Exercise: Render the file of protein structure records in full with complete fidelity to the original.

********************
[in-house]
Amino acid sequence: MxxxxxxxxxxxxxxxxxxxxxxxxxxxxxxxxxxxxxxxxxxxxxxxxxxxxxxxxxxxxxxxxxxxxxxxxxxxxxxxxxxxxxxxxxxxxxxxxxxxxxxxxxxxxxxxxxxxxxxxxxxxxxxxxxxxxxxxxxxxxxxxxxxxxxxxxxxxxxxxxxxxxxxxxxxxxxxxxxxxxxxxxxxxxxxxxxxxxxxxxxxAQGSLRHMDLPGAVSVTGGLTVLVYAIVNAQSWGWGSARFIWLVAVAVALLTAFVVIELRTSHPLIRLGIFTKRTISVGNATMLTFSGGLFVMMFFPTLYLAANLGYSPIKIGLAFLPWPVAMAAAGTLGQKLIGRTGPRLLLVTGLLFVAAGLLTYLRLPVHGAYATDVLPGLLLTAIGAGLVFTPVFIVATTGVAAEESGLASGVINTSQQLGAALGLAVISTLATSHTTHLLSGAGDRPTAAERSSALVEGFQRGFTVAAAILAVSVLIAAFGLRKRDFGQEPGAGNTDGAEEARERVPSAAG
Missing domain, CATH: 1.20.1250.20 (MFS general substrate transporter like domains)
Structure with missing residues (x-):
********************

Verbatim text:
[in-house]
Amino acid sequence: MxxxxxxxxxxxxxxxxxxxxxxxxxxxxxxxxxxxxxxxxxxxxxxxxxxxxxxxxxxxxxxxxxxxxxxxxxxxxxxxxxxxxxxxxxxxxxxxxxxxxxxxxxxxxxxxxxxxxxxxxxxxxxxxxxxxxxxxxxxxxxxxxxxxxxxxxxxxxxxxxxxxxxxxxxxxxxxxxxxxxxxxxxxxxxxxxxxxxxxxxxxAQGSLRHMDLPGAVSVTGGLTVLVYAIVNAQSWGWGSARFIWLVAVAVALLTAFVVIELRTSHPLIRLGIFTKRTISVGNATMLTFSGGLFVMMFFPTLYLAANLGYSPIKIGLAFLPWPVAMAAAGTLGQKLIGRTGPRLLLVTGLLFVAAGLLTYLRLPVHGAYATDVLPGLLLTAIGAGLVFTPVFIVATTGVAAEESGLASGVINTSQQLGAALGLAVISTLATSHTTHLLSGAGDRPTAAERSSALVEGFQRGFTVAAAILAVSVLIAAFGLRKRDFGQEPGAGNTDGAEEARERVPSAAG
Missing domain, CATH: 1.20.1250.20 (MFS general substrate transporter like domains)
Structure with missing residues (x-):